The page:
Your accomplishments on your resume

Published: 05th January 2009
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Emphasizing hard-hitting accomplishments throughout your CV or résumé can sell you to a potential employer and effectively differentiate you from other equally qualified candidates. In today's competitive job market, recruiting managers prefer "results-oriented" workers and when they receive your CV, they will be looking for tangible evidence of results and successes rather than boring descriptions of day-to-day duties and responsibilities. Since past behavior is a good predictor of future behavior, concrete, measurable achievements demonstrate your track record and in essence your potential to meet the needs of a particular employer in an effective and definable way.

The fact is recruiting managers want to know exactly what you contributed to your company, rather than what you were charged with doing. It is therefore essential that you give specific and quantifiable examples of your past contributions throughout your CV.

For example:

1. What did you do to help make money for the organization?

2. How did you help save the organization money?

3. What did you do to solve a particular problem?

4. Did you win any awards?

5. Were you promoted?

6. Did you complete any special projects?

7. Are there any positive quotes you can use from your performance reviews?

In addition, you must demonstrate to what extent you helped achieve those results as well as the measurable impact of those results. The most effective way to do this is to quantify your work-related experience in terms of facts, figures and time periods that clearly define your successes. Defining your specific achievements in this manner enables a recruiting manager to see concrete proof of your abilities as well as your capacity to excel in the role you're applying for. They are clear, concise and tangible, and remove subjectivity. In addition, quantifying your accomplishments is critical because if you don't and your competition does, they will be the ones that get the job offer, particularly if they have the same educational and professional background as you do.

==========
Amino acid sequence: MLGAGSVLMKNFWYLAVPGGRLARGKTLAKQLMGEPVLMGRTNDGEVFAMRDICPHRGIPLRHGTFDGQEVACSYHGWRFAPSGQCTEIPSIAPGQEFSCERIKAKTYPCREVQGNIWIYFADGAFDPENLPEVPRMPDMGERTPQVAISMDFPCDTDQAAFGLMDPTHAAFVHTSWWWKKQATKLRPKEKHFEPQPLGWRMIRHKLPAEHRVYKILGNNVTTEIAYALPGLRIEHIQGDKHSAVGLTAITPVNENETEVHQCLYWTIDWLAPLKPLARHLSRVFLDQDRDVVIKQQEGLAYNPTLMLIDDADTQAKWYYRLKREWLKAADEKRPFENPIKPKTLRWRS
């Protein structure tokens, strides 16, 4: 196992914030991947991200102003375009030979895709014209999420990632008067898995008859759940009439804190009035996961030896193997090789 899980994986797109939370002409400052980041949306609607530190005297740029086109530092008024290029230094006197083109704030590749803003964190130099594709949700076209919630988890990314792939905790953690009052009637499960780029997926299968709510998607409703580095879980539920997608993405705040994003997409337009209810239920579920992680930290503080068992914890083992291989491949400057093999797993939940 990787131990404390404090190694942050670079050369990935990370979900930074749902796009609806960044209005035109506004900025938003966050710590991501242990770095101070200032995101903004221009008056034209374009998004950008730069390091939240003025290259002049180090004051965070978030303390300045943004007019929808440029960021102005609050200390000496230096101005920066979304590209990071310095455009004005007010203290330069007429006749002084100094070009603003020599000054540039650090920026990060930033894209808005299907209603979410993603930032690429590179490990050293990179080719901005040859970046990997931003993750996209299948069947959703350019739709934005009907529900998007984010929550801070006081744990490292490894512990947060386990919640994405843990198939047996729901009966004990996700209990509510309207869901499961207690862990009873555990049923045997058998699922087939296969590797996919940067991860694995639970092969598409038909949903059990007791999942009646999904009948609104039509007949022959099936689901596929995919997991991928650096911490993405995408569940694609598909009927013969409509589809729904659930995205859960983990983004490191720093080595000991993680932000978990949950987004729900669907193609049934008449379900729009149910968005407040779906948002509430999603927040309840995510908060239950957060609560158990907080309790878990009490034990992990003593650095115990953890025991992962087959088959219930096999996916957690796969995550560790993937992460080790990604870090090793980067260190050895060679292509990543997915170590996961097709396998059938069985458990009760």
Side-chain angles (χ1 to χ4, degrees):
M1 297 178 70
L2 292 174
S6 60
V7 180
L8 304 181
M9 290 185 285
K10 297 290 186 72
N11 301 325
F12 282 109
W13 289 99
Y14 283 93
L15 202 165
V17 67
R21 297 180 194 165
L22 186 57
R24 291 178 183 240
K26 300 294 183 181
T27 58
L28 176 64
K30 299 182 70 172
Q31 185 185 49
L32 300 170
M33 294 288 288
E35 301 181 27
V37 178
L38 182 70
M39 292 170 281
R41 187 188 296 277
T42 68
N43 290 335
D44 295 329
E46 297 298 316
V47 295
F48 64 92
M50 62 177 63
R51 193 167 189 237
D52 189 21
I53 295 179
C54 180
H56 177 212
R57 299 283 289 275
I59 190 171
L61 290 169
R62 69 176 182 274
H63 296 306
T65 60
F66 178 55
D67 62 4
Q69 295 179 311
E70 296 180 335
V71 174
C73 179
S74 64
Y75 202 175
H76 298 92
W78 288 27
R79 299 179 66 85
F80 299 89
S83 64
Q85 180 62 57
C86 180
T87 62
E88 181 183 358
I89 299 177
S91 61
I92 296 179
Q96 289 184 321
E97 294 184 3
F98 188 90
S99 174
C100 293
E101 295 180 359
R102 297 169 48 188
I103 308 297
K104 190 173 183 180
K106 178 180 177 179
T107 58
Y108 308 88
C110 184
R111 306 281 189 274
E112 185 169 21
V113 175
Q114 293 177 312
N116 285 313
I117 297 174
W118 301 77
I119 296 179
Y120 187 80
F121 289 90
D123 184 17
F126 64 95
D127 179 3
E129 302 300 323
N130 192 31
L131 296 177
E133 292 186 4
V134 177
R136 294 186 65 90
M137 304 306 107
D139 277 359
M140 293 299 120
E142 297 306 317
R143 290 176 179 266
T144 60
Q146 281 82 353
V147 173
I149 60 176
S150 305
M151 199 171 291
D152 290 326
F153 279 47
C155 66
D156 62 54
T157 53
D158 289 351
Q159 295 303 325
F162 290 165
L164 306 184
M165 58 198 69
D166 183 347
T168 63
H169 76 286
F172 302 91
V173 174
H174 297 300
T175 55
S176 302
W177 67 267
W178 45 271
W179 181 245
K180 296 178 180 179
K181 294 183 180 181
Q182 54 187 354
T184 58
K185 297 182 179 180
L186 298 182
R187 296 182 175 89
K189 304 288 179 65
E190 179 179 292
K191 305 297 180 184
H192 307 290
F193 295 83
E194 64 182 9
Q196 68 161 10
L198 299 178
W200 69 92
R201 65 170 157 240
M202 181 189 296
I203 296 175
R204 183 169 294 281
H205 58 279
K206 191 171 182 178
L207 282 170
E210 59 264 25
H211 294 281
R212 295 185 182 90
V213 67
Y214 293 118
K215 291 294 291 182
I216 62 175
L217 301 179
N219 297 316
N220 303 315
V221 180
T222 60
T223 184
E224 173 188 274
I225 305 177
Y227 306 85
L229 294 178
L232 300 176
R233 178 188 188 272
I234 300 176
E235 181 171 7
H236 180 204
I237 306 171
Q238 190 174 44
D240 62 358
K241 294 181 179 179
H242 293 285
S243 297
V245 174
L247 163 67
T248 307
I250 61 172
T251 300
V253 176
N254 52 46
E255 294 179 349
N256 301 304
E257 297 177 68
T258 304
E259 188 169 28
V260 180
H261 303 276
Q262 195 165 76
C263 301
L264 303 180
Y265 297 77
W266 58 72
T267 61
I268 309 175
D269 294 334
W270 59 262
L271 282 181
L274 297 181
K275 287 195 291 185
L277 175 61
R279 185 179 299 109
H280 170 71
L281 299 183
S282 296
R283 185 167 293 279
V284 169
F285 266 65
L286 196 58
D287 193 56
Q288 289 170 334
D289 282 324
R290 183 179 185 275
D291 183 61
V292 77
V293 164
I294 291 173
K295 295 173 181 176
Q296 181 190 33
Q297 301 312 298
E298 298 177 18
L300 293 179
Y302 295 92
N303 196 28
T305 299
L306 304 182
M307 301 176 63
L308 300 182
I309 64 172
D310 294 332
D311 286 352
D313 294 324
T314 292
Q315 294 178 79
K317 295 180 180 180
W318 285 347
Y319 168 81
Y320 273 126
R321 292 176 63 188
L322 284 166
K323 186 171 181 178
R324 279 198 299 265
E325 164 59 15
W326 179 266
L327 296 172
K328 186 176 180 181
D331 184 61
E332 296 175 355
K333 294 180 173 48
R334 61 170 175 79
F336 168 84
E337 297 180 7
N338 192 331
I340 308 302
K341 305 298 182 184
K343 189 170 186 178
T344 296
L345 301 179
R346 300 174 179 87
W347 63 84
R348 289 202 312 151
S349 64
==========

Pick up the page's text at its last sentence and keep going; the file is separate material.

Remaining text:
For example, if you were employed as a software tester, don't simply state that you were: "Responsible for testing web based applications in a Windows environment ..." Rather, show that you "...executed integration tests in test director in accordance with the test plan." Instead of simply stating that you have "Exceptional abilities" in the Professional Summary section, prove it by showing that you "received 2 commendations and 5 pay raises within 4 years" in the Work Experience section. If you have declared that you "work well under pressure", give a specific example in the Work Experience Section, of a pressurized situation in a previous role where you performed well". In the same vein, instead of stating that you have the "ability to type 60 words per minute", demonstrate how you effectively used your skill. For example, "...typed a 70 page report within 2.5 hours to meet a deadline". This is an achievement that will excite potential employers reading your CV and distinguish you from other candidates with the same typing ability. The more you emphasize money, time-periods, performance and amounts in relation to your accomplishments, the better you'll present those achievements and demonstrate your potential.

Bear in mind that your achievements can be from paid or volunteer employment, school projects or even hobbies. As long as they're relevant to the work you want to do, they can be included in your CV. offers practical advice to help aspiring individuals develop a successful career. For more career related articles visit our site

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